The Microsoft Anti-Cross Site Scripting Library V3.0 (Anti-XSS V3.0) is an encoding library designed to help developers protect their ASP.NET web-based applications from XSS attacks. It differs from most encoding libraries in that it uses the white-listing technique -- sometimes referred to as the principle of inclusions -- to provide protection against XSS attacks. This approach works by first defining a valid or allowable set of characters, and encodes anything outside this set (invalid characters or potential attacks). The white-listing approach provides several advantages over other encoding schemes.
New features in this version of the Microsoft Anti-Cross Site Scripting Library include: - An expanded white list that supports more languages - Performance improvements - Performance data sheets (in the online help) - Support for Shift_JIS encoding for mobile browsers - A sample application - Security Runtime Engine (SRE) HTTP module
This blog post contains the results of the Performance testing of Anti-XSS V3.0. These results are also included in the Performance data sheets (in the online help) of Anti-XSS V3.0. Performance testing of the Anti-XSS library was carried out for a sample application that uses AntiXSSLibrary.dll over a varying user load. Under the same load conditions, comparisons of AntiXSSLibrary.dll were done using .NET's HttpUtility.HtmlEncode() as well as with no encoding as a baseline.
Sample Application Overview
The sample ASP.NET application was written to take strings as input and then to output the encoded form of the string using AntiXSSLibrary.dll in the background.
The input string applied on the sample application consisted of
· 64 character string with all safe characters (a-z,A-Z,0-9 etc.)
· 64 character string with approx. 25% of encoding characters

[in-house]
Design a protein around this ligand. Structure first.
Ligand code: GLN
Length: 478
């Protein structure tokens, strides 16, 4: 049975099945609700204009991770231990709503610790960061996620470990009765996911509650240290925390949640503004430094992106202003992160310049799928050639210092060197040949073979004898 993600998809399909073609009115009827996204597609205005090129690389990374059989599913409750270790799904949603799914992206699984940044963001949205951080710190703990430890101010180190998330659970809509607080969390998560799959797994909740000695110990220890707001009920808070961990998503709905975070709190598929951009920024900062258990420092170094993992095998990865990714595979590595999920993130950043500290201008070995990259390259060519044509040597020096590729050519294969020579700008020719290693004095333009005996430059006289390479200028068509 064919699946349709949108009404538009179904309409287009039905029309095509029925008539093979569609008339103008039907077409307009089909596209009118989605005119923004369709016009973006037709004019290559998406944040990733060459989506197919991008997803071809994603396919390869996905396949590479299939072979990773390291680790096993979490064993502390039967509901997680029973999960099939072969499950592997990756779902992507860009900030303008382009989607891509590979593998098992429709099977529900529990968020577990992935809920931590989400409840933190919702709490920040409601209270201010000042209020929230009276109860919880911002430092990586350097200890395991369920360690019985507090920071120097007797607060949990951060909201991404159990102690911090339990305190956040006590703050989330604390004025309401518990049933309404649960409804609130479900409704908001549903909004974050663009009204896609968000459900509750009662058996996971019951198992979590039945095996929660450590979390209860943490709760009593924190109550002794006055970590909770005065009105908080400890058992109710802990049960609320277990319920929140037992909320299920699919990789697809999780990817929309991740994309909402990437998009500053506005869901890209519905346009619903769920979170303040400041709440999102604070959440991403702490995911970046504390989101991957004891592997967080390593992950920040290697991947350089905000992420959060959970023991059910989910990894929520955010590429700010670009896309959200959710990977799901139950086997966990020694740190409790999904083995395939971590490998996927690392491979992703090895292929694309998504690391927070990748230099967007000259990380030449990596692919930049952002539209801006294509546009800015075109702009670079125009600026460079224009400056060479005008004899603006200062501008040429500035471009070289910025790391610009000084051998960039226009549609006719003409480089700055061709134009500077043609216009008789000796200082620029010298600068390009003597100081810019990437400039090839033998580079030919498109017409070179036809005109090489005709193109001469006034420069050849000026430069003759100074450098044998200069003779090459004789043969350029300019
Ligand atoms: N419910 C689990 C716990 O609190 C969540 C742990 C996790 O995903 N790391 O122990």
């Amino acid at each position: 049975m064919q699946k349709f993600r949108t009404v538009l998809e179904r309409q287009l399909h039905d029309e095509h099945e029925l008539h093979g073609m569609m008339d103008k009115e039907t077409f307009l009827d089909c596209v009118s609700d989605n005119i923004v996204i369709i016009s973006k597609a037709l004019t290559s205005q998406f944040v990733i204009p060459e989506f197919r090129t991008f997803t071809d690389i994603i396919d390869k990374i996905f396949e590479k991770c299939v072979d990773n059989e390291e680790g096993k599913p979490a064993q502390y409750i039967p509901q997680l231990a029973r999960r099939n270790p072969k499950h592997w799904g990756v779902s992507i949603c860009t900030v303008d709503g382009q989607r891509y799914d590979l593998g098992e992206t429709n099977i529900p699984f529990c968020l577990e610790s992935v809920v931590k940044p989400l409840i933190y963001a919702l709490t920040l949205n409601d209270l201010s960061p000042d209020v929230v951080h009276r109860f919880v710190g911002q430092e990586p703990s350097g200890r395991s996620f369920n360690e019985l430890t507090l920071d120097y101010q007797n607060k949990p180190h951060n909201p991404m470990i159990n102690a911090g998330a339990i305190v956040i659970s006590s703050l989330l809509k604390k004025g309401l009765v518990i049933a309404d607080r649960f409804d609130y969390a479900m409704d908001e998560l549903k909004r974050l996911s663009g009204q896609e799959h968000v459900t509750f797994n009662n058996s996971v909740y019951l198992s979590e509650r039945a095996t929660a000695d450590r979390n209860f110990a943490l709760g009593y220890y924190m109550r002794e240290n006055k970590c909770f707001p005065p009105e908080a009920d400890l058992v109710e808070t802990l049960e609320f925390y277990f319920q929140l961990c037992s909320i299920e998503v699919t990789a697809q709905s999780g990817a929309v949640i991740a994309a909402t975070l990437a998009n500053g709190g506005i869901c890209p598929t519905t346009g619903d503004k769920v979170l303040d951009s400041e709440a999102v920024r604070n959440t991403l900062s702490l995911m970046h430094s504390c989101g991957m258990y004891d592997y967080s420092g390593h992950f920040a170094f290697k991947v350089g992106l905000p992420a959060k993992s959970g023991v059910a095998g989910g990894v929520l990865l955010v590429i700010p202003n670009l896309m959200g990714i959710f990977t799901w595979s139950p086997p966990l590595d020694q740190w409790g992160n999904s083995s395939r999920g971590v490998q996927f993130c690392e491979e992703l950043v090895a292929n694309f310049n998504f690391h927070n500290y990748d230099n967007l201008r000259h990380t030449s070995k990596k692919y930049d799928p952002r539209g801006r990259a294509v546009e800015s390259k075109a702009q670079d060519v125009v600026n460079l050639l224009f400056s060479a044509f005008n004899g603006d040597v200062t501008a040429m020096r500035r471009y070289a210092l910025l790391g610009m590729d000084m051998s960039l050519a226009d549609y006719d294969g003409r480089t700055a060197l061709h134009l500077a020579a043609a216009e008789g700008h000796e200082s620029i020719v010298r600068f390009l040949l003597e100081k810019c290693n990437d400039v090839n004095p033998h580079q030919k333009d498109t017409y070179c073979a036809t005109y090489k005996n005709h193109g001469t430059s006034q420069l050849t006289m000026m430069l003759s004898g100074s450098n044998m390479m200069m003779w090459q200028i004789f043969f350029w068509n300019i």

· 128 character string with approx. 25% of encoding characters
· 512 character string with approx. 25% of encoding characters
· 1024 character string with approx. 25% of encoding characters
· 64 character international string (any language like Chinese or Hebrew) with no encoded strings
· 64 character international string (any language like Chinese or Hebrew) with 25% encoded strings
Performance testing of the Anti-XSS library and SRE were carried out in the Microsoft ACE Performance labs. The tests were conducted using 64-Bit and 32-Bit environments. The following are the machine specifications:
Load Test Overview
VSTS 2008 was used to generate a load of 200 concurrent users. The following table depicts the user load distribution:
Each transaction consisted of two ASP.NET requests. For this sample application, one transaction comprised:
1. User logs on to the homepage and enters the string
2. The application returns the encoded version of the string
Load Test Results
For a 200-user concurrent load, the end-to-end transaction time for the AntiXss.HtmlEncode() (yellow "Antixss Encode" in the illustration below) encoding scenario is 3.9 milliseconds in 32-bit web server and 4.2 milliseconds in 64-bit web server. Under the same user load conditions, the end-to-end transaction time for the scenario using HttpUtility.HtmlEncode() (red "Html Encode" in the illustration below) is 3.8 milliseconds and 4.1 milliseconds for 32-bit and 64-bit web servers respectively. Hence, there is only a 0.1 millisecond delta between encoding with the AntiXss.HtmlEncode() and the .NET HttpUtility.HtmlEncode() methods.
In terms of throughput, Anti-XSS generated around 85 ASP.NET Requests/sec in the 32-bit environment. Since each transaction consisted of two ASP.NET requests, the system throughput at a 200-user concurrent load for the Anti-XSS scenario came to 42.5 Requests/sec.
Performance Test Results
· The average transaction time for Anti-XSS under given conditions was obtained as 3.9 and 4.2 milliseconds on 32-bit and 64-bit web servers respectively.
· The average delta between AntiXss.HtmlEncode() and HttpUtility.HtmlEncode() is +0.1 milliseconds per transaction.
· On 200 User concurrent loads, the throughput of the Anti-XSS library is 42.5 and 38 requests per second on 32-bit and 64-bit web servers respectively.